1. Use a variable that is defined by the Phi node’s defined variable (indicating that the node may affect a loop-control variable)
  2. Define a variable that is used in a downcasting operation (and is thus represented elsewhere as a narrower value)
  3. Use a variable that is assigned multiple sizes (i.e., a variable that may be represented as either 64 bit or 32 bit)
  4. Define a variable that is used in a subsequent 64-bit operation

If a Phi node matched all of those criteria, we marked it as a potential source of a divergent representation and printed it to the Binary Ninja console terminal for investigation.

Our script found additional potential divergent representations in both SQLite and libxml2, including in the libxml2 nodes below:

The first five Phi nodes identified by the Binary Ninja script in its scan of libxml2.so

The script also identified the following Phi node not pictured above:

xmlBuildURI@0x7b6c0: rax_33#51 = ϕ(rax_33#50, rax_33#52)

The addr2line utility indicates that this portion of the binary corresponds to libxml2/uri.c:2085 in the xmlBuildURI function:

   2084 while (bas->path[cur] != 0) {
    2085     while ((bas->path[cur] != 0) && (bas->path[cur] != '/'))
    2086         cur++;
    2087     if (bas->path[cur] == 0)
    2088           break;
    2090     cur++;
    2091     while (out < cur) { 2092 res->path[out] = bas->path[out];
    2093           out++;
    2094     }
    2095 }

This code pattern appears to be similar to that in the original SQLite code. Note, though, that code compiled with divergent representations will not necessarily be reachable, even with undefined inputs. For example, if there is no way to advance the integer cur beyond the acceptable values for a 32-bit integer, the semantics of the integer in the above code snippet will not diverge.

Unsurprisingly, when we ran our script on a version of the libraries compiled without optimizations (level -O0), we did not find any divergent representations. That outcome validated our understanding of divergent representations as caused by compiler optimizations.

Top-down (source code) search

We also performed a “top-down” search for source code patterns that could produce divergent representations when compiled with optimizations.

We used CodeQL to create source code queries. These queries identify source code in which the following conditions hold:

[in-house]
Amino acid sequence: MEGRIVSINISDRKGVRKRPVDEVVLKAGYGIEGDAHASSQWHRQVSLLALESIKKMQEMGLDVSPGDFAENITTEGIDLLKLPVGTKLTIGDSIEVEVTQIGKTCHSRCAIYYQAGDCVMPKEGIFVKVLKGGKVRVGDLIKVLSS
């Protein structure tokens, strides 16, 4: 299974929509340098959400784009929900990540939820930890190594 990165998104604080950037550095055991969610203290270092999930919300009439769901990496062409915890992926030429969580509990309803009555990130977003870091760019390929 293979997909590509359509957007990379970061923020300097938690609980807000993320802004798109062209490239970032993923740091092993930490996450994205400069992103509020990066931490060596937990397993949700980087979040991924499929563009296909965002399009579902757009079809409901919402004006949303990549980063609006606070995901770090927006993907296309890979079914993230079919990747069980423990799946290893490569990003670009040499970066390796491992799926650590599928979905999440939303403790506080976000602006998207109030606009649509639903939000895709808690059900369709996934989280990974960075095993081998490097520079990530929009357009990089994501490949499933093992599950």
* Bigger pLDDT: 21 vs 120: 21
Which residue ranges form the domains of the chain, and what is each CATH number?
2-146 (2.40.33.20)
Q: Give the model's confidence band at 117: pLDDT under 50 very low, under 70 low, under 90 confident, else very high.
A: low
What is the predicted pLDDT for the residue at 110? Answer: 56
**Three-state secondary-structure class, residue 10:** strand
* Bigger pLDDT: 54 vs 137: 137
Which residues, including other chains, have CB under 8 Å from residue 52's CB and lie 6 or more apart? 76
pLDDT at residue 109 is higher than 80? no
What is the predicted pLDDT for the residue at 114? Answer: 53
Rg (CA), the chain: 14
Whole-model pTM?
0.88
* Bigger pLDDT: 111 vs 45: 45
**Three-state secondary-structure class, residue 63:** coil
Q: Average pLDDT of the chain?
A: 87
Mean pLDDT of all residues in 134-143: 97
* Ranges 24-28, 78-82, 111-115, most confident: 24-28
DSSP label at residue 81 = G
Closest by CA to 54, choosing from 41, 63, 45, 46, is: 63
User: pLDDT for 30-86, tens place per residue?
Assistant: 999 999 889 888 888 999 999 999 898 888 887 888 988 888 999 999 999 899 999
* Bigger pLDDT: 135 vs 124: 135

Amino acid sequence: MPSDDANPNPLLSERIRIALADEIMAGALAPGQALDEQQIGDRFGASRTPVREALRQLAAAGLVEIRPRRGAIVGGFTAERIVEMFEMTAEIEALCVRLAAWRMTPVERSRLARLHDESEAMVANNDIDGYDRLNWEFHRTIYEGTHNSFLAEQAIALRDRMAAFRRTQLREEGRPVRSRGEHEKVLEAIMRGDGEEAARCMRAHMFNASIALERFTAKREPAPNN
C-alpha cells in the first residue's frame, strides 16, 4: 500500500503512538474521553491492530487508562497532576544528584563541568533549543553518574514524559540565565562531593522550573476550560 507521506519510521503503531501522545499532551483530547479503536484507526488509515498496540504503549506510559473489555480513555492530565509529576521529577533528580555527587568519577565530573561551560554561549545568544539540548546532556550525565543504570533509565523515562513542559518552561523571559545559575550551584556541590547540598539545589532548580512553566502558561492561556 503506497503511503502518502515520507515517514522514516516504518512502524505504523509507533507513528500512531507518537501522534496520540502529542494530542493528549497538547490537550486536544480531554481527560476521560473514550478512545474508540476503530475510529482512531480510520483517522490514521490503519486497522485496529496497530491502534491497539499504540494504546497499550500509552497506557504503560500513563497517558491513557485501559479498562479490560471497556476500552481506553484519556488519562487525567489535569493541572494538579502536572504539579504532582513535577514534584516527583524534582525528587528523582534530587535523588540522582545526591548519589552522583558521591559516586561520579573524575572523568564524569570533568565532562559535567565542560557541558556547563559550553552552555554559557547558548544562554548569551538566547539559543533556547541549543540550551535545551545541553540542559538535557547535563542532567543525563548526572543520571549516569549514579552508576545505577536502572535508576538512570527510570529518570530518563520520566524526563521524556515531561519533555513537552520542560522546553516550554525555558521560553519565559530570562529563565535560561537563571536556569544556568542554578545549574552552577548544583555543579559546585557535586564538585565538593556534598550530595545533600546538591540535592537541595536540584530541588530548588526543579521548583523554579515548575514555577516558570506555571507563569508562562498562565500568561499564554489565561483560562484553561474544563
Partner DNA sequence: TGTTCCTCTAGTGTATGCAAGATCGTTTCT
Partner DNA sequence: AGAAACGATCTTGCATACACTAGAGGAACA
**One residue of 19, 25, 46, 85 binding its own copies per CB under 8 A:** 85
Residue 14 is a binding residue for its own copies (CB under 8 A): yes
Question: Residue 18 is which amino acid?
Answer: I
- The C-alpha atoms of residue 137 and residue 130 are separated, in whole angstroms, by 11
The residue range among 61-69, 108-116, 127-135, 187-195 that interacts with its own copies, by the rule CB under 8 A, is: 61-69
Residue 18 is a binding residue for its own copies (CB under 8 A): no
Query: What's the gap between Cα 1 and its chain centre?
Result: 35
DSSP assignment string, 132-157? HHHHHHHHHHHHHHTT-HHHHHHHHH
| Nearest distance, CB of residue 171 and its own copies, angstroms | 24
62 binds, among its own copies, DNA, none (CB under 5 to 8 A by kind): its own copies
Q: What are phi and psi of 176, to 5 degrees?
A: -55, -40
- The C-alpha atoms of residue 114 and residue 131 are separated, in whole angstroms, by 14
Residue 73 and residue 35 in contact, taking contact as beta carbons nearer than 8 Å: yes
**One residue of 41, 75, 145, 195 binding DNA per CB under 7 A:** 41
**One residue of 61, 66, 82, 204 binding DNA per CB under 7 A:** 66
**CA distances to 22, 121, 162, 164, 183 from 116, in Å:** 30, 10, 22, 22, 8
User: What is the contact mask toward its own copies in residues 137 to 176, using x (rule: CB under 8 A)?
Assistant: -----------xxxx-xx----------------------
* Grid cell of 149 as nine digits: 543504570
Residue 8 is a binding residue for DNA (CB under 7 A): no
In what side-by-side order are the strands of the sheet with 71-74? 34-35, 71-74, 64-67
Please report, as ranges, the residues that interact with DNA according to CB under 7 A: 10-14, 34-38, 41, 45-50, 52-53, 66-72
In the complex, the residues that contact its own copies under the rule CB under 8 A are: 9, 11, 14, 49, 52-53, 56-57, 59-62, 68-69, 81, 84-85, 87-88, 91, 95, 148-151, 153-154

1. A variable is declared outside of a loop.
  2. The variable is incremented in the loop body.
  3. The variable is used to access memory in a statement in the loop body.
  4. The variable is used again after the loop, outside of the loop body.

We also ran CodeQL with an additional optional condition, querying for cases in which the variable is used to access memory in a conditional statement in the loop, rather than just in its body. That cut down on the number of false positives by eliminating cases in which a loop condition prevents the variable from overflowing. (For example, if i is used in the loop condition i < 10, it won’t overflow, but if the loop condition is buf[i] != x, i may overflow.)

CodeQL found 20 code patterns that could produce divergent representations in libxml2, two of which (in xmlBuildURI) were also identified by Binary Ninja.

Note that our top-down and bottom-up searches identified code in which divergent representations may exist; an actual divergence in the program semantics would still require input that caused undefined behavior.

Preventing divergent representations in compiled programs

The best way to prevent a divergent representation is to avoid including undefined behavior in a program. That’s not particularly actionable advice, though. It would be even less helpful for us to suggest that programmers avoid writing for and while loops that use variables declared outside of the loop.

Instead, programmers should use data types that cannot overflow for variables used to count or access arrays (e.g., size_t or uintptr_t instead of int). They should also avoid a practice that is unfortunately common among C programmers: tying error conditions to int functions’ negative return values (e.g., using a return value of -1 to indicate a failure); assuming a larger-scale refactoring is not possible, we recommend using ssize_t instead of int in those cases. Finally, programmers should avoid making any assumptions whatsoever about what a program will do in response to undefined behavior.


We cannot make a blanket statement assessing the risks associated with divergent representations. Some, basically unreachable, can be seen as curiosities of undefined behavior—a source of C programming trivia questions that will stump your friends. Others may be more consequential, turning otherwise benign integer overflows into exploitable vulnerabilities, as in the case of our SQLite vulnerability. Our hope is that by describing the phenomena and enabling programmers to identify divergent representations when they appear, we can help the community accurately gauge their severity.

I’d like to thank my mentor, Peter Goodman, for his expert guidance in the pursuit of vulnerabilities and weird compiler behaviors during my summer internship with Trail of Bits.